Business Traveler|July/August 2020

What travelers should know about taking care when they take to the road in a post-panic world

Looking ahead to the world as it emerges from the COVID-19 crisis, business travelers face a daunting balancing act: managing current risks and working to reboot their enterprises. So it’s more important than ever for business travelers to understand their insurance needs, company risks and best practices for personal safety.

While international business travel is beginning to open, the notion of “getting back to normal” is still a far cry from reality. As it stands, shrinking economies around the world and a likely number of failures across the travel industry will necessitate a continued overall slower pace for business travel. Add to this mix recent civil unrest in the US and elsewhere and the danger of new COVID-19 outbreaks, and we may be in a “one step forward, two steps back” scenario for many months ahead.

The pandemic response is generating almost daily changes to travel providers’ policies, and confusing (and sometimes contradictory) health guidelines from different sources. In such an environment, rebuilding trust in travel will be the primary driver behind decision-making.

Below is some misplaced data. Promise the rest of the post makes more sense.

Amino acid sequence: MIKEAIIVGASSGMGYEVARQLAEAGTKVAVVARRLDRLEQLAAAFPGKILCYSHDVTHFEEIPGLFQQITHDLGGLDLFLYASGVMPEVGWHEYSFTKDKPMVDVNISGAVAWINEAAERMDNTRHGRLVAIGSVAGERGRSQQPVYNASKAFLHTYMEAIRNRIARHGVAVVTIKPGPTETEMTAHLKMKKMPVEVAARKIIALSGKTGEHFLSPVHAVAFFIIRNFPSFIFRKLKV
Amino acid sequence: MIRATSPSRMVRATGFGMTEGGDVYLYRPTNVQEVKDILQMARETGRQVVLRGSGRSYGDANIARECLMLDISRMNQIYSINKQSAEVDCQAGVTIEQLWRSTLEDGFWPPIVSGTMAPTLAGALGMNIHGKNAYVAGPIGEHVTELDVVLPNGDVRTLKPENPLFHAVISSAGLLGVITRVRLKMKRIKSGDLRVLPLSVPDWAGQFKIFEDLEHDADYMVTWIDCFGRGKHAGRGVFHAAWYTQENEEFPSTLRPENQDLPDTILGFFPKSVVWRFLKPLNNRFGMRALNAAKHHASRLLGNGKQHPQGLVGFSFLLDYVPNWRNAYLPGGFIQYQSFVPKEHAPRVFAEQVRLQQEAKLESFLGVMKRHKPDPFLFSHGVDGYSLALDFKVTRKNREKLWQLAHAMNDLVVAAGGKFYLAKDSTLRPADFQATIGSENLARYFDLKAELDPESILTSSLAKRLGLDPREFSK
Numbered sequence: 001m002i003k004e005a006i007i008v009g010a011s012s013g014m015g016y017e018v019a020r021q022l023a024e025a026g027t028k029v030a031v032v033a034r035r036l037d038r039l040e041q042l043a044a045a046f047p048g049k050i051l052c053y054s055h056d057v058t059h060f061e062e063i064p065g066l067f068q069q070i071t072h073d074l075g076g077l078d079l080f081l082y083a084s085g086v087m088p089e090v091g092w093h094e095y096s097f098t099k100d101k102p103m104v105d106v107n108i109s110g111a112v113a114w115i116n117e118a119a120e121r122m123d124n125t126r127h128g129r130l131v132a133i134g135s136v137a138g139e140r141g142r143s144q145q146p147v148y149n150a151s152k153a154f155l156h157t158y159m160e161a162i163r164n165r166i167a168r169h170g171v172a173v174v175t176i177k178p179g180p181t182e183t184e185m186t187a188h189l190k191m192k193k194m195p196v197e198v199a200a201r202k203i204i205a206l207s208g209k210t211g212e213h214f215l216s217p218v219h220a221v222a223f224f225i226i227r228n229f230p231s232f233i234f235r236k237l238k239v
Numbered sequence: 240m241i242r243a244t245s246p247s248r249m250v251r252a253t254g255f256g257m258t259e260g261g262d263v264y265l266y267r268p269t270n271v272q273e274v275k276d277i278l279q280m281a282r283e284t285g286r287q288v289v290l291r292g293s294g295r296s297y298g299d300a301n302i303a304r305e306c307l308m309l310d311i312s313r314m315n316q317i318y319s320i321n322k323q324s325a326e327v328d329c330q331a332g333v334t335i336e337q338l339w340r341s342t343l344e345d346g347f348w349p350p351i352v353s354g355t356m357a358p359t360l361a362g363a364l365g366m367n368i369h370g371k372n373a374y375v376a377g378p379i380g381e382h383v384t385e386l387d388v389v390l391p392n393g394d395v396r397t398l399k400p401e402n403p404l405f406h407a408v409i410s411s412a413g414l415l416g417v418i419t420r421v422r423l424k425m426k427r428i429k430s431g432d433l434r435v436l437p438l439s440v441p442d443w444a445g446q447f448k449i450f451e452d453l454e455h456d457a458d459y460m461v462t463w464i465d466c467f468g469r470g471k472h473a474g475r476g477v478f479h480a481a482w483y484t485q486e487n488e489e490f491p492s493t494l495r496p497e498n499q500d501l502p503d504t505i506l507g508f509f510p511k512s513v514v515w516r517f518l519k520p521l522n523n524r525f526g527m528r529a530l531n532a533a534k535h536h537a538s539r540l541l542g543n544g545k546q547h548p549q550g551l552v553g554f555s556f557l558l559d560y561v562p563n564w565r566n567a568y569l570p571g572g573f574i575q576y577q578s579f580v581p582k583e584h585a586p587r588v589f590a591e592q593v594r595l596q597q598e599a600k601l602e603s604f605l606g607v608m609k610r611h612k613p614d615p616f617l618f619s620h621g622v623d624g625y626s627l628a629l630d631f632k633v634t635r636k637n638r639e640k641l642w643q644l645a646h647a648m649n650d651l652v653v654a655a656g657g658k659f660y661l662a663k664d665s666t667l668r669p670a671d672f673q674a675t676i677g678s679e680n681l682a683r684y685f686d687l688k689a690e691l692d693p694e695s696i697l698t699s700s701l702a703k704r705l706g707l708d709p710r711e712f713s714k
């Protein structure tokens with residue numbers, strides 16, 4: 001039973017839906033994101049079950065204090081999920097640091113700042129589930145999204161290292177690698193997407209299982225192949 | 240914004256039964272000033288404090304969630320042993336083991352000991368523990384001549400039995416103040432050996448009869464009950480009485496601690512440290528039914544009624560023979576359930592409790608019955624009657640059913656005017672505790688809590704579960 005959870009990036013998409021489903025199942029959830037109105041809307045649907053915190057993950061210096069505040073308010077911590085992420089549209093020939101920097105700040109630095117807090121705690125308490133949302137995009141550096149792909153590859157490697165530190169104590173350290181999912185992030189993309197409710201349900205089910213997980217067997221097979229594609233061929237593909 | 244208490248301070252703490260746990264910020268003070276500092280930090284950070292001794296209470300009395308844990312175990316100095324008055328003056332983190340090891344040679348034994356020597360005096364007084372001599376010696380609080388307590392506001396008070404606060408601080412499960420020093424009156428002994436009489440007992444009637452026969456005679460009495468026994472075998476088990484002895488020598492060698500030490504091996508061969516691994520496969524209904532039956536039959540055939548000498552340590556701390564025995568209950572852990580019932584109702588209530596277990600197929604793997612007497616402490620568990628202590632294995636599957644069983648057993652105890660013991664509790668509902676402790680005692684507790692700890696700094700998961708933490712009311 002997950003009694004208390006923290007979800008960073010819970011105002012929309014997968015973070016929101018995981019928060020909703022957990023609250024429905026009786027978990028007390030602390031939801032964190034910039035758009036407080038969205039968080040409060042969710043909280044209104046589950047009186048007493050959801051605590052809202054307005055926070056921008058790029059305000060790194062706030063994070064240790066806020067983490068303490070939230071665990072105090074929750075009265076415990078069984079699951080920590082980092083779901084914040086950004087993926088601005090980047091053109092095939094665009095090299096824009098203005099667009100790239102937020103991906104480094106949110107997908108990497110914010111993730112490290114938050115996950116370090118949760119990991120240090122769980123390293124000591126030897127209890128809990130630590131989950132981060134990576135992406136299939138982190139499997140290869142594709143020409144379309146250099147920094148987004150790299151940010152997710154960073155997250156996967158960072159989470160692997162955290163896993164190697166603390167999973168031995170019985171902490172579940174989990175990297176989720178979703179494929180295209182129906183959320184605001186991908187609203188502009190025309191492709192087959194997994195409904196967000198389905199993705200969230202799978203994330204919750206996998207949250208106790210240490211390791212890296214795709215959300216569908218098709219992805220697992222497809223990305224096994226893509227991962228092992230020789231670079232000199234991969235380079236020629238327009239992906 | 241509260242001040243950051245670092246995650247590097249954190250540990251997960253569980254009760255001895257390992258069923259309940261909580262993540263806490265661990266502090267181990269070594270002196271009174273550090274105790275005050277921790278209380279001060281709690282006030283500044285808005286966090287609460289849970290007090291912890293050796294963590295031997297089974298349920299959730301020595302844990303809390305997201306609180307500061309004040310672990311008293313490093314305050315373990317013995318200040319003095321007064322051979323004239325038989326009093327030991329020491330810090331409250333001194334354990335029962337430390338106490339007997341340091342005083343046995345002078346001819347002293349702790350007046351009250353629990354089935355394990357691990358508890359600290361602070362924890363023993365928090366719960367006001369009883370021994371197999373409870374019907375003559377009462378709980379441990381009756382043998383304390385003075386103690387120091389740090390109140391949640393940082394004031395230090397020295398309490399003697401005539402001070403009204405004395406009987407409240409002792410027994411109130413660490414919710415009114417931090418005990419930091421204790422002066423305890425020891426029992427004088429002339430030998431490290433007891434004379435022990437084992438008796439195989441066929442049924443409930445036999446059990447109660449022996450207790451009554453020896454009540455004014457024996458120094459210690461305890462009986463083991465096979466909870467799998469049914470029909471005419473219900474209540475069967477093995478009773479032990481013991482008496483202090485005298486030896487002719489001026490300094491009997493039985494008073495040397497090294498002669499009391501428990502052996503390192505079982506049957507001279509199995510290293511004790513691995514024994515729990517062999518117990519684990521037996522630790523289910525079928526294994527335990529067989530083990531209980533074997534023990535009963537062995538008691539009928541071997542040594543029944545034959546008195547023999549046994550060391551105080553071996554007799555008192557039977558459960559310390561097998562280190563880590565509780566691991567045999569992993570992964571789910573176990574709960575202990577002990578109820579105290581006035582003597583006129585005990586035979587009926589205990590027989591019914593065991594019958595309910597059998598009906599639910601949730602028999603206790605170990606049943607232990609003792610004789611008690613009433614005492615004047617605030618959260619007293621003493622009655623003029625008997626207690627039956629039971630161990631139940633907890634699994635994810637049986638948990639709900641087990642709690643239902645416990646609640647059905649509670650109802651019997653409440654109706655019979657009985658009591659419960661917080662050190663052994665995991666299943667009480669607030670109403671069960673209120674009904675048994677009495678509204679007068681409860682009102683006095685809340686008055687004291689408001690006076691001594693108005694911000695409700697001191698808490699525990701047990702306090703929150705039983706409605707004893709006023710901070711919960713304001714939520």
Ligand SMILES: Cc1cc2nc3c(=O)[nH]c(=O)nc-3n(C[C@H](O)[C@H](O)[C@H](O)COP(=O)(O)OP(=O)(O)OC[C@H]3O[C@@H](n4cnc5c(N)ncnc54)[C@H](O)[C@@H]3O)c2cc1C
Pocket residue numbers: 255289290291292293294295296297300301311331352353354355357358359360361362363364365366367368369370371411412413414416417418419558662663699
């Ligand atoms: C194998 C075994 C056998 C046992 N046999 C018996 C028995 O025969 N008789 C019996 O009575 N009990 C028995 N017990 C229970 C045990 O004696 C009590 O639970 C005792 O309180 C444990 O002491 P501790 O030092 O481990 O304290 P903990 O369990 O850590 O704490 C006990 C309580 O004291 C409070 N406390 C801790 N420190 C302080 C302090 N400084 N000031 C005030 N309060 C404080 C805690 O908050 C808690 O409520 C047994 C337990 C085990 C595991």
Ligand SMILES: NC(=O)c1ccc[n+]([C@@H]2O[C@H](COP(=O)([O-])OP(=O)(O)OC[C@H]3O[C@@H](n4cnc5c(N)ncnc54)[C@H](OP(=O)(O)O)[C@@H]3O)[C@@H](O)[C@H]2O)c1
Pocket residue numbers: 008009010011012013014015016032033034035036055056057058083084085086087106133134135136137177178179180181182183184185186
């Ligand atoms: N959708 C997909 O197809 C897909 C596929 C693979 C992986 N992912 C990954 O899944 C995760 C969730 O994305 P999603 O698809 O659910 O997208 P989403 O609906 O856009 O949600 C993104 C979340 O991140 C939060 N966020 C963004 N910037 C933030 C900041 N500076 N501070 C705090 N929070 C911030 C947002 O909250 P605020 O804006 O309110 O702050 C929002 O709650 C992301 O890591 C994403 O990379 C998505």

“With a pandemic like COVID-19, employers and employees now have to assess a risk which is quite different than a political or natural disaster risk, and a risk that is worldwide, so employers need to exercise caution for domestic travel as well,” says Dominick Zenzola, vice president and senior manager of accident and health underwriting at global insurer Axis.

“There’s a lot of focus on best practices for staying safe, but it’s of paramount importance for travelers to also understand, in detail, how they individually – or how their company – will prepare to actually manage a health or safety event while traveling,” notes Michael Hallman, CEO of Birmingham, AL-based Medjet. “It’s especially important in rebuilding their own confidence in getting back out on the road,” Hallman adds. “Knowledge is power.”


Rebuilding the trust muscle takes time, patience and doing your due diligence. “Until we have reliable, confirmed data from several trusted sources, its best to err on the side of caution,” prefaces Stephen Barth, founder of in Houston, TX. “So before going to your destination, understand what’s happening in that place.”

But the good news, Barth explains, is that you don’t have to figure it all out yourself. “You can access websites such as ISOS ( where they track both medical and security conditions on the ground. For example, they know whether local laws require you to quarantine for 28 days or 14 or 3; whether you’re required to wear masks or if there is a curfew. Knowing the rules in advance is essential for ‘smart’ travel risk management.”


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July/August 2020